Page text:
Laurie R. King Virtual Book Club discussion

Lady Almina and the Real Downton Abbey: The Lost Legacy of Highclere Castle
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message 1: by Vicki (new)

Vicki (vickivanv) | 282 comments Mod
Welcome to our discussion of Lady Almina and the Real Downton Abbey: The Lost Legacy of Highclere Castle by The Countess of Carnavon. It tells the story of the estate that serves as the setting for the fantastically popular BBC series, Dowton Abbey, and the extraordinary woman who lived there as the fifth Countess of Carnavon. In both the show and in real life, the estate served as a hospital for wounded soldiers during World War I. Perhaps Russell and Holmes even ran into Lady Almina at some point in their adventures. It's fun to imagine, anyway. :)


message 2: by Vicki (last edited May 03, 2012 10:18AM) (new)

Vicki (vickivanv) | 282 comments Mod
Just got done, and boy were y'all ever right about this being a perfect LRK-related read! I enjoyed the pea-tar out of it--not only for the larger-than-life characters, but also for all the history we got to see through the prism of their lives and experiences. Much of that history we've seen via LRK's characters and stories.

Did anyone else find that his/her favorite character was Aubrey? I rather identified with his attitudes and reactions. I'm not sure why.


message 3: by Vicki (new)

Vicki (vickivanv) | 282 comments Mod
I think taking it in via audio might offer some advantages. The reader is really good, and she makes it sound like a lot of fun gossip with history mixed in. It gets a lot darker as it approaches WWI, of course. It's interesting to get a new viewpoint on that colossal train-wreck of a war.


message 4: by KarenB (new)

KarenB | 223 comments Finally got it from the library this morning! I'll be able to chime in on the discussion in a few days. I may be side-tracked by Jennie Lawson's book first: Let's Pretend This Never Happened.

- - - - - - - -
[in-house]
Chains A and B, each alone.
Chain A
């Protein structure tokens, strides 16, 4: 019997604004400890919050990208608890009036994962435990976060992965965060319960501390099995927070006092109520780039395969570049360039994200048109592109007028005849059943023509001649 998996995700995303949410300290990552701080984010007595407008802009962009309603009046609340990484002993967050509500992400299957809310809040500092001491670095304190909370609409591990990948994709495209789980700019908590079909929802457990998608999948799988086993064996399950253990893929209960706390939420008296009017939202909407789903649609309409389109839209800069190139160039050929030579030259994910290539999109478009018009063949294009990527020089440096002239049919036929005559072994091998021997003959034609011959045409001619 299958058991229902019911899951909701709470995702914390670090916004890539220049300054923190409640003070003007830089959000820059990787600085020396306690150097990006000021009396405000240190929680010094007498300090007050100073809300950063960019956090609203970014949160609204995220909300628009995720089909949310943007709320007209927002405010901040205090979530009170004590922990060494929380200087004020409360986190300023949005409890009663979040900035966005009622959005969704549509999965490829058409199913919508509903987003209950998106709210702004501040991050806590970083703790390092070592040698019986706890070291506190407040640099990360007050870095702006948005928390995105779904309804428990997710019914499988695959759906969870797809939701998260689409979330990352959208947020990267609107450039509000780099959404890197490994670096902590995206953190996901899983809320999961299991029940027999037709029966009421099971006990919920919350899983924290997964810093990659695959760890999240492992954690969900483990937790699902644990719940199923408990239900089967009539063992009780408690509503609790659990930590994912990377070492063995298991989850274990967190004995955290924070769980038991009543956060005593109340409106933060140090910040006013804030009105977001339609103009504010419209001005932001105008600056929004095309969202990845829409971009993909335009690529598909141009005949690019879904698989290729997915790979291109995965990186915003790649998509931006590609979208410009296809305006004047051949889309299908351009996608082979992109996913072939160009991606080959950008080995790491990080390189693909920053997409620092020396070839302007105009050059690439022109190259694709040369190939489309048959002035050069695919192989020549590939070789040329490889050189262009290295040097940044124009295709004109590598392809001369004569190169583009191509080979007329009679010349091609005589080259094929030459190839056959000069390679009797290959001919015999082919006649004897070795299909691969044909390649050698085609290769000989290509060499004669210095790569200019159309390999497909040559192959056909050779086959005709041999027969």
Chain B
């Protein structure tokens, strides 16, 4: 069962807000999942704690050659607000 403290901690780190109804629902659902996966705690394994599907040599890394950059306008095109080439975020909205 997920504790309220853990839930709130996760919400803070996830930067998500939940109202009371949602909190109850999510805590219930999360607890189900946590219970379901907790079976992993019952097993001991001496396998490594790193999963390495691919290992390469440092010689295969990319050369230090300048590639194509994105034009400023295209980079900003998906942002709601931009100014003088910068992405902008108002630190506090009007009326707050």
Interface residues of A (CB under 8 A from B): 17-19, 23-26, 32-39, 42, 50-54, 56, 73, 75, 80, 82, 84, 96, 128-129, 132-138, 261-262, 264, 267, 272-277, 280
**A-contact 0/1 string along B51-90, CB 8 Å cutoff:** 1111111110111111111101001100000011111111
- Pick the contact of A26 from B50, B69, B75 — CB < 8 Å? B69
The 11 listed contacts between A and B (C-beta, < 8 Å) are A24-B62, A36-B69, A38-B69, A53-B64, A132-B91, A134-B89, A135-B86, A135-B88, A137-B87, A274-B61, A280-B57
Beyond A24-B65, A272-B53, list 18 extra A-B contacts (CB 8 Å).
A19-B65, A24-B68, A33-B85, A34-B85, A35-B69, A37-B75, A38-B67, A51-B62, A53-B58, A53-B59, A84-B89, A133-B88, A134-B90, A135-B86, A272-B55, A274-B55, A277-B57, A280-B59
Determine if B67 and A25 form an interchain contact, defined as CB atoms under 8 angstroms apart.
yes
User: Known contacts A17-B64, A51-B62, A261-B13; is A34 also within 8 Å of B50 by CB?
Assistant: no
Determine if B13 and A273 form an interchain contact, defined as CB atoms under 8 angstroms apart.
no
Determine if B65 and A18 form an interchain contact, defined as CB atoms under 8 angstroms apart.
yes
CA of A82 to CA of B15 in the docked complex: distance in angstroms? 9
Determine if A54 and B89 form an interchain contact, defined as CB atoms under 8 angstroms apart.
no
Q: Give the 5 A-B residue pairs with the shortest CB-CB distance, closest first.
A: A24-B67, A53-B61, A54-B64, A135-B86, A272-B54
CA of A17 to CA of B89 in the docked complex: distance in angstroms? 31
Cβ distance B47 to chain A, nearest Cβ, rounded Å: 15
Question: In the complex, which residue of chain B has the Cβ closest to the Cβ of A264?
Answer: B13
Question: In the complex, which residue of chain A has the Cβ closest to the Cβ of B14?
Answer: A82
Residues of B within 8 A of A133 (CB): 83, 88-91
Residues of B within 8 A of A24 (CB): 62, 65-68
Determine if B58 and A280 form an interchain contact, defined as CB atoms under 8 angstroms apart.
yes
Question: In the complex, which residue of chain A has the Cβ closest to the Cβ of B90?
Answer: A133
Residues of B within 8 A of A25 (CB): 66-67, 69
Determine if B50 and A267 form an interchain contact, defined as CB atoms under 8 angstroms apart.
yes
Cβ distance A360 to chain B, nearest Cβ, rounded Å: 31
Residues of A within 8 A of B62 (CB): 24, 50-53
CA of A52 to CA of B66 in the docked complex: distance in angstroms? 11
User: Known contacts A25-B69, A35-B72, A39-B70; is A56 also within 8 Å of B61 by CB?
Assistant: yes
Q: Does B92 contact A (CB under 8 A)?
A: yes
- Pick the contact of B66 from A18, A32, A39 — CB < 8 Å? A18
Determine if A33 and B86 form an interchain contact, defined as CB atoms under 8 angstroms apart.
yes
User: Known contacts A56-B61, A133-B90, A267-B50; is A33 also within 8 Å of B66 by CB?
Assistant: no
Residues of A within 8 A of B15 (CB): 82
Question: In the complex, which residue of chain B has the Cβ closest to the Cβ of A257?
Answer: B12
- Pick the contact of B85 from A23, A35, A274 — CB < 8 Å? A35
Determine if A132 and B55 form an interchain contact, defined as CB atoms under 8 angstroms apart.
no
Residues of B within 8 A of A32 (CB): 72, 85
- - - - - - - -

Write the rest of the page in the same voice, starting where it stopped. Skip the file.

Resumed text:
message 5: by Sabrina (last edited May 05, 2012 02:18PM) (new) - rated it 3 stars

Sabrina Flynn | 876 comments I have read 10% of the book so far. AGH. Must, get through non-fiction book... Does it come in TV documentary form by chance?


message 6: by Amy (new)

Amy Perry (Amy_Perry) | 201 comments Thought I'd post this little video as it's very apt for this discussion and VERY funny (in a British sort of way)

http://m.youtube.com/index?client=mv-...

Enjoy :-) I hope it works!


message 7: by MaryL (new)

MaryL (MaryL1) | 165 comments Haven't got the book yet-far down on the library's reserve list and not sure I want to allocate part of my book-buying budget to it yet. However, could the focus here be on what the author thinks is important for her family to know about the era-i.e. whatever happened to Grandfather in the context of what was going on at the time? With an assumption that of course everyone knows what happened to Wilhelm?


Sabrina Flynn | 876 comments Amy wrote: "Thought I'd post this little video as it's very apt for this discussion and VERY funny (in a British sort of way)

http://m.youtube.com/index?client=mv-......"


Amy, I think the link is broken, it takes me somewhere strange.


Sabrina Flynn | 876 comments farmwifetwo wrote: Very frustrating reading. It's more important to discuss Almina and money then it is to discuss the family.

I was hoping that would change as the book progressed. So far I am very disappointed with the narrative style. I was hoping for a personal look into life during that time. For example, it mentioned personal journals while the first Lady Carnavon was dying, but then just gives a brief overview of events.

Which just stinks, since I was looking forward to reading about the VAD hospital. I was doing some research for some writing recently and really enjoyed reading the personal journals of VAD nurses and soldiers that I found on the web. It's a shame, because for me it's those personal perspectives that bring history alive.